Coronavirus pandemic: Global airlines stare at bankruptcy by May-end amid plunging travel demand, warns CAPA
The global airline industry is expected to face its worst crisis even as the coronavirus pandemic is likely to cripple the economic activities across the world, said a news report.
Most airlines in the world will be bankrupt by the end of May 2020 and the world aviation consultancy company Centre for Aviation (CAPA) said that only coordinated action by governments as well as the industry will be able to save the companies.
With the coronavirus cases spreading, the demand for travel and air travel especially has plunged drastically since the last two weeks after countries across the world implemented travel restrictions to curb further spread of the deadly disease, the report said.
As the situation continues to remain unabated, the number of cancellations are rising more than forward bookings and cash reserves of the airlines are declining amid grounding of the fleet in the wake of thinning passenger numbers, the report said citing a CAPA report.
Early this month, CAPA's chief executive officer and Director of South Asia, Kapil Kaul, had said that travel restrictions would cripple the industry. It will have a 'very serious impact' on airlines with a weaker balance sheet, he said.
"Q1 which was likely to be a period peak travel has already got significantly compromised. A further demand slump is expected in the domestic sector at least in the next few weeks," Kaul said to Firstpost.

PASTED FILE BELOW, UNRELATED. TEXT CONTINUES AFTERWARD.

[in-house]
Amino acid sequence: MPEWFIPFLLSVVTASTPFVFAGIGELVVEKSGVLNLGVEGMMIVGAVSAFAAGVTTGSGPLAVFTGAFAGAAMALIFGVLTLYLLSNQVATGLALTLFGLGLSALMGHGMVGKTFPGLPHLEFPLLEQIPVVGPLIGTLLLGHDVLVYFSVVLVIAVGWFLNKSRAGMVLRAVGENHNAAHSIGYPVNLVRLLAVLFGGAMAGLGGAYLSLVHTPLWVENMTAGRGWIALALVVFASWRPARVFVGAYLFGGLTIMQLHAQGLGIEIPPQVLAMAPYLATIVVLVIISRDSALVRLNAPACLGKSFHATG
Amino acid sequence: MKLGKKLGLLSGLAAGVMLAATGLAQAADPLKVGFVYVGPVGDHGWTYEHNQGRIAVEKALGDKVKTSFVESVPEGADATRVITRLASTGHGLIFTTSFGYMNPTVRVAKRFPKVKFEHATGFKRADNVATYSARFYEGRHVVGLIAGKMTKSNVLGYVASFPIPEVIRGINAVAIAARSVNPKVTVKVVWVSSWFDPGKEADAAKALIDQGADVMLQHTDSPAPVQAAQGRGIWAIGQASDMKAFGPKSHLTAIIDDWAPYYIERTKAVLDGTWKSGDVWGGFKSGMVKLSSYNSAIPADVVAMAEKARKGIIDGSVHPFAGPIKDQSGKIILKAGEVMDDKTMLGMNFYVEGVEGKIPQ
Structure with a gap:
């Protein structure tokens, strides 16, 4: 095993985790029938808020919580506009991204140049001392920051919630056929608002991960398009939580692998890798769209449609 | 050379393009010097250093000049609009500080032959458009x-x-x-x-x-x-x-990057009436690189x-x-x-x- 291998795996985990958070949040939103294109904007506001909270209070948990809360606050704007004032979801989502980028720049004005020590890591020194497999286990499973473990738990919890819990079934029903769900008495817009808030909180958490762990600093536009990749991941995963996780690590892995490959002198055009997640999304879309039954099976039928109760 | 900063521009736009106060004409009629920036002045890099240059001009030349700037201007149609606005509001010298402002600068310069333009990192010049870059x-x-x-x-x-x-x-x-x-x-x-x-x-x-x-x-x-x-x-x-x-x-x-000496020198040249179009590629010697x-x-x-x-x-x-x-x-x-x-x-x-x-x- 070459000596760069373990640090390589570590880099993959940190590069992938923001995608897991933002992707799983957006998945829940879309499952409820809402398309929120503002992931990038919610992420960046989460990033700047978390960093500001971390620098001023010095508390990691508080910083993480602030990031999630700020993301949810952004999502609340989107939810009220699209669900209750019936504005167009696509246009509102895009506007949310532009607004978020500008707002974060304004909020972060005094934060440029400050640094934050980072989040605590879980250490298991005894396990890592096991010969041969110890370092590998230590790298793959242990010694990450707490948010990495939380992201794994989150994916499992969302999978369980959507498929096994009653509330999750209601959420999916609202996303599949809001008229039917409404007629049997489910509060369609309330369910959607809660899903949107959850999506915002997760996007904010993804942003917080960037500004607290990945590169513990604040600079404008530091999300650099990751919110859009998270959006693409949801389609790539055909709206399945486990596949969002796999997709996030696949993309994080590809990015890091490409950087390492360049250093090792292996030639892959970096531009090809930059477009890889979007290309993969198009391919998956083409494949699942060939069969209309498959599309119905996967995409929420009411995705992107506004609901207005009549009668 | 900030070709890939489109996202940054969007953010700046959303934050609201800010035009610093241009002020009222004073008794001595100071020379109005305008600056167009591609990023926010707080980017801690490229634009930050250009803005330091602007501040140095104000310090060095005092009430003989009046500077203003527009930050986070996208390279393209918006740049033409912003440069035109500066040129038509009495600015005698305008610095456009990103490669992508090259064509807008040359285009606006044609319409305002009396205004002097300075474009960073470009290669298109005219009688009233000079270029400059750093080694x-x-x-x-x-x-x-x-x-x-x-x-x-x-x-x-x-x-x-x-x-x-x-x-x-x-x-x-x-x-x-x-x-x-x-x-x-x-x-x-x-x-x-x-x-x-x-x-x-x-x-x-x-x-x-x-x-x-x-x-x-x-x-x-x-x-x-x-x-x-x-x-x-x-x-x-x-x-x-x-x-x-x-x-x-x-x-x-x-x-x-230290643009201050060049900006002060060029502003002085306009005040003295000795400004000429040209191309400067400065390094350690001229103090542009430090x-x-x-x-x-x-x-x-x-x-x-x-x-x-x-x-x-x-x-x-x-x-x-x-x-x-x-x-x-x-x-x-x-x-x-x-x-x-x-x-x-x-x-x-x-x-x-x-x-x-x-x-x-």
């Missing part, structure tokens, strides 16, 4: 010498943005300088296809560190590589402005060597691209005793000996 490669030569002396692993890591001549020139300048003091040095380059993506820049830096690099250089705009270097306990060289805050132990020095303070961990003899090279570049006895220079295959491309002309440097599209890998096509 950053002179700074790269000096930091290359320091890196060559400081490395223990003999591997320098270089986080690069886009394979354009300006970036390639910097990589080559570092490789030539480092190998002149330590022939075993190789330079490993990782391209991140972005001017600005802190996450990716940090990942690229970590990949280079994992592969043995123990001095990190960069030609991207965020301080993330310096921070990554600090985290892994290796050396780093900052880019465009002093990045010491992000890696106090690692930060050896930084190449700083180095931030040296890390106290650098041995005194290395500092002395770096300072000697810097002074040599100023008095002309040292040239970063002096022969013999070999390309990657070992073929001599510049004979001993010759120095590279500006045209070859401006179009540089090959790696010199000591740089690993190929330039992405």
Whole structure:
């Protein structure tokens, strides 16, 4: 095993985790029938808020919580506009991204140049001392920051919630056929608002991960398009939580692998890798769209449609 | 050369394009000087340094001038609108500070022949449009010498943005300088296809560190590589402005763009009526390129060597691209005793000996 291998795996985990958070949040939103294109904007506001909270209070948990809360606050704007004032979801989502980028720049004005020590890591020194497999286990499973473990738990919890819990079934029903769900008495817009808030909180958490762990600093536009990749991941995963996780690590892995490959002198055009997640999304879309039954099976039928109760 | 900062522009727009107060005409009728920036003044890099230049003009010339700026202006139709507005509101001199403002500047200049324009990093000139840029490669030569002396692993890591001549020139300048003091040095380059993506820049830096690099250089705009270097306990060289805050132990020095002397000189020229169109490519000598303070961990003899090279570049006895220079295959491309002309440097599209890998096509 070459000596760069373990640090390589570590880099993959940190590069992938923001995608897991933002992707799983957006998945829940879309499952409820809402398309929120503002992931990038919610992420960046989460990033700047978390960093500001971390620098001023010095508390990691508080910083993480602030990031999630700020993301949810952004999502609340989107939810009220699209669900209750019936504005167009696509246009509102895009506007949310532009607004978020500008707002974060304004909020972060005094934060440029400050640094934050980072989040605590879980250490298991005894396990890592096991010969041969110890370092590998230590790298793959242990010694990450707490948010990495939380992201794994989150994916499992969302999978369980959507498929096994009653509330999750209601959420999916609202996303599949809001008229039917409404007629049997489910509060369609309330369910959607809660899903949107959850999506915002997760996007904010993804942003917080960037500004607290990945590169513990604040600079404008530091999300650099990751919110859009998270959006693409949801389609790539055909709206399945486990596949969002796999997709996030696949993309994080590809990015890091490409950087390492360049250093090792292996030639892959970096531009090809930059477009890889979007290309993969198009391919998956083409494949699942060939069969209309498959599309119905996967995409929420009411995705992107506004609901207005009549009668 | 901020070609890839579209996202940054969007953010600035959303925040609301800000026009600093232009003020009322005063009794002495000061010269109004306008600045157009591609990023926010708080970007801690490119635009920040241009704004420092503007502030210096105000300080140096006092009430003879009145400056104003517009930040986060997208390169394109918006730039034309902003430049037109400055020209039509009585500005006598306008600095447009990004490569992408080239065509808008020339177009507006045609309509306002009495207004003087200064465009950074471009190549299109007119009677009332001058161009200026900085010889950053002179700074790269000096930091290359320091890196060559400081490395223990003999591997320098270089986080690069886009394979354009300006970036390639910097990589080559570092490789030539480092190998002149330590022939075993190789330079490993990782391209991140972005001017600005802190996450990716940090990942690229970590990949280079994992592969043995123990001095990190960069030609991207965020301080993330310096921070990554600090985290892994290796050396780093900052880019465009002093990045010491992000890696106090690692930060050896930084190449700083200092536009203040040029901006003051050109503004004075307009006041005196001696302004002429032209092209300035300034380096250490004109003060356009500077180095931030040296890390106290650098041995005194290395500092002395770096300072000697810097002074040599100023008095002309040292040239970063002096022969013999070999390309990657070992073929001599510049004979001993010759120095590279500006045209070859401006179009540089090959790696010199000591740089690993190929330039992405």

On Friday, Australian travel firms had issued profit warnings and Japanese carriers cut capacity, while US airlines rushed to cut flights to Europe in the wake of new travel restrictions.
US travel curbs on much of continental Europe announced by President Donald Trump on 11 March deepened the sector’s misery that began after the virus emerged in China late last year and reduced traffic.
American Airlines Group Inc and United said they would continue normal flights to and from Europe for the next week but would be reducing capacity to Europe by around 50 percent in April.
The International Air Transport Association (IATA), a global industry group representing airlines, called on governments to consider extending lines of credit, reducing infrastructure costs and cutting taxes.
IATA last week estimated that the crisis could wipe out some $113 billion of industry revenue, in a forecast that did not include the US clampdown on European travel.
-- With inputs from agencies
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